Do nothing for anyone that they can and should do for themselves.
As a seminarian, I was required to complete one unit of Clinical Pastoral Education, or as we referred to it, CPE. My CPE experience took place at the University of Tennessee Medical Center, where I served as a chaplain. One of the duties involved with being a hospital chaplain is to spend a night on call each week. On a typical night, I would expect to receive a call or page from someone in need of assistance with cab fare. These calls always came between 2-4 am and my response was always the same. After having a conversation with the person in which I asked if there was any other way for them to find transportation and having been told no, I would offer to meet them at 7 am. I would ask them to continue to look for a solution on their own, but that if they could not find a ride I would be happy to pay for a cab the next morning. No one ever showed up at 7 am.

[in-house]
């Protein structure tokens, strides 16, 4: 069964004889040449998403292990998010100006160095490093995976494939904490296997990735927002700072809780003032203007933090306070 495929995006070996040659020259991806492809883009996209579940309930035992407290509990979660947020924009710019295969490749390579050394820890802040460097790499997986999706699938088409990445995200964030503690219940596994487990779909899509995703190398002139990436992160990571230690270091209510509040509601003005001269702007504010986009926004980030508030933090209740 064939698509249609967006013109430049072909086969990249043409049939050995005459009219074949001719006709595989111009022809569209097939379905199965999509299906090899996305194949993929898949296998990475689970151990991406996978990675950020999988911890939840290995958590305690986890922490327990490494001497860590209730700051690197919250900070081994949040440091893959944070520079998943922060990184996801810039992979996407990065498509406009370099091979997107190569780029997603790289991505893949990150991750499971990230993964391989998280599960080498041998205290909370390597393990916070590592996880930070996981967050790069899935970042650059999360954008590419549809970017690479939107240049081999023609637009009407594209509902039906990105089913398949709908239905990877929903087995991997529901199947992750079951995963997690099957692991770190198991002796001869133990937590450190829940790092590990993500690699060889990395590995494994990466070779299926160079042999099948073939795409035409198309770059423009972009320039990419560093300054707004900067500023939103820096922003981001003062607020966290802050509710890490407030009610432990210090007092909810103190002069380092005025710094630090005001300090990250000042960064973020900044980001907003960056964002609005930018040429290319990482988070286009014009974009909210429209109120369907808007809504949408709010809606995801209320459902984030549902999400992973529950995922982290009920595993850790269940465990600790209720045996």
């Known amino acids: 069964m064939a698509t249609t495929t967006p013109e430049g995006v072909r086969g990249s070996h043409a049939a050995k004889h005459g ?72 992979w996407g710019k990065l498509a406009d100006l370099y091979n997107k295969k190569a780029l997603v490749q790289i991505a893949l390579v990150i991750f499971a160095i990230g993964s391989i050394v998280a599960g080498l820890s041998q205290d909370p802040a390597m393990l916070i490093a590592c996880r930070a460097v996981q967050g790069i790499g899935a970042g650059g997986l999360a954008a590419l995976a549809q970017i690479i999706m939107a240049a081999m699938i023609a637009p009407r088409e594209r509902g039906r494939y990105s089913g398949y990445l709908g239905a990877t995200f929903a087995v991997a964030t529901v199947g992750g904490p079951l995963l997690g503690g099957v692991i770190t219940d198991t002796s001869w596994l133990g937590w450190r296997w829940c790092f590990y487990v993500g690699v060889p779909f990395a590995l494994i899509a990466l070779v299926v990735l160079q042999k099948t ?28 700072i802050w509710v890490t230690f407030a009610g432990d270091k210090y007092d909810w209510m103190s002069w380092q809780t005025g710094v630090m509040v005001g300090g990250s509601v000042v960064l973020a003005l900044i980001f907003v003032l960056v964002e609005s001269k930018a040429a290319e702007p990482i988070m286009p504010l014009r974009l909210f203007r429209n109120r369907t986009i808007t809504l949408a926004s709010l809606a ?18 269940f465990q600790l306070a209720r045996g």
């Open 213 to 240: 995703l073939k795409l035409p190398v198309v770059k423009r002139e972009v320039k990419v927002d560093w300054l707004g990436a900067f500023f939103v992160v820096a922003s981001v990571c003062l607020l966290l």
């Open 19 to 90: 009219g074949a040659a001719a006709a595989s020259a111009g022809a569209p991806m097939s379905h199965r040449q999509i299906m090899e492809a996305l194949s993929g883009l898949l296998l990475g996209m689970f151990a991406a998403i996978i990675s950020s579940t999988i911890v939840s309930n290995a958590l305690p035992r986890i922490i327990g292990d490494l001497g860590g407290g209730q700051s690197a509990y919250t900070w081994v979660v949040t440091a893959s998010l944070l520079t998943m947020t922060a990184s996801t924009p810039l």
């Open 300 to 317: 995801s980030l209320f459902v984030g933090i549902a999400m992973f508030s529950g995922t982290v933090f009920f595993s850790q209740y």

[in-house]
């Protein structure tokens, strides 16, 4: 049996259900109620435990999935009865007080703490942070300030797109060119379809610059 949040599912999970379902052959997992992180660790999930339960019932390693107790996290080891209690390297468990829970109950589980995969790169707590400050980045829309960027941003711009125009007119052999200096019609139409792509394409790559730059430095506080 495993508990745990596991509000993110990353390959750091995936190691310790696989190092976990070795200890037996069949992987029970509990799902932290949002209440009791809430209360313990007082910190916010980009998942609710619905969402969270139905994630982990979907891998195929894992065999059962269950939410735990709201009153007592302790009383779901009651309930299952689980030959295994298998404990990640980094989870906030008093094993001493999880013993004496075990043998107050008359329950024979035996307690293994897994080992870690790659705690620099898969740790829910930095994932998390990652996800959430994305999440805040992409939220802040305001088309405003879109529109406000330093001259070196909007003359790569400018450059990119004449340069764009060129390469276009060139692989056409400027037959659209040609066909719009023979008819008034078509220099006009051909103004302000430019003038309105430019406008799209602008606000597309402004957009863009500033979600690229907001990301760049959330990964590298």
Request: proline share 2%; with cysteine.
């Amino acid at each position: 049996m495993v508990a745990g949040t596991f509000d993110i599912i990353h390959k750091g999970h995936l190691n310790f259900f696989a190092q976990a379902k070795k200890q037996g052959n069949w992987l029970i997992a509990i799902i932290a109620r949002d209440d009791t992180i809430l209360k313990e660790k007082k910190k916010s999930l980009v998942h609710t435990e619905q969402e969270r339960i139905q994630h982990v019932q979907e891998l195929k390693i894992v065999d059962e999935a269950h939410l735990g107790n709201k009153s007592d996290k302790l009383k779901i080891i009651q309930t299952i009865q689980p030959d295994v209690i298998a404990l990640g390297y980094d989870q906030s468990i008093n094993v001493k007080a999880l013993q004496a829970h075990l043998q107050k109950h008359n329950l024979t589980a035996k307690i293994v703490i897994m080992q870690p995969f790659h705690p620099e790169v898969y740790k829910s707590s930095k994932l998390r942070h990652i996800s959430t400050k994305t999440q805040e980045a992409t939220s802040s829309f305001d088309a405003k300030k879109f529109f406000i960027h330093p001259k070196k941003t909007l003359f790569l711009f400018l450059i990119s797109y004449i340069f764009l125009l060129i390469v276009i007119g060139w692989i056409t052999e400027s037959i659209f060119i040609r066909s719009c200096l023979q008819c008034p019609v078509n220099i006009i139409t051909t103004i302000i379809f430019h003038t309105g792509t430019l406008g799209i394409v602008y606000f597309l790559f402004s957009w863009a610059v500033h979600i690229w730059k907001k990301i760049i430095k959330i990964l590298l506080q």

Christians are called to be people of charity. This means that when we see someone in need of assistance, we should cheerfully give what is needed. This doesn’t mean that we are called to give our money, our time, and other resources indiscriminately. Providing assistance to another person who cannot do so for themselves is a genuine act of charity. Providing for someone who can and should do so for themselves is an act of foolishness on the part of the giver and does little to serve the person receiving the gift. When we do things for others who have the ability to do so themselves, we rob them of living the life God intended for them. We also steal from the people who genuinely need and deserve our help.
What has been your experience when assisting those in need? What have been your positive experiences, your negative ones? Your comments, as always, are welcome.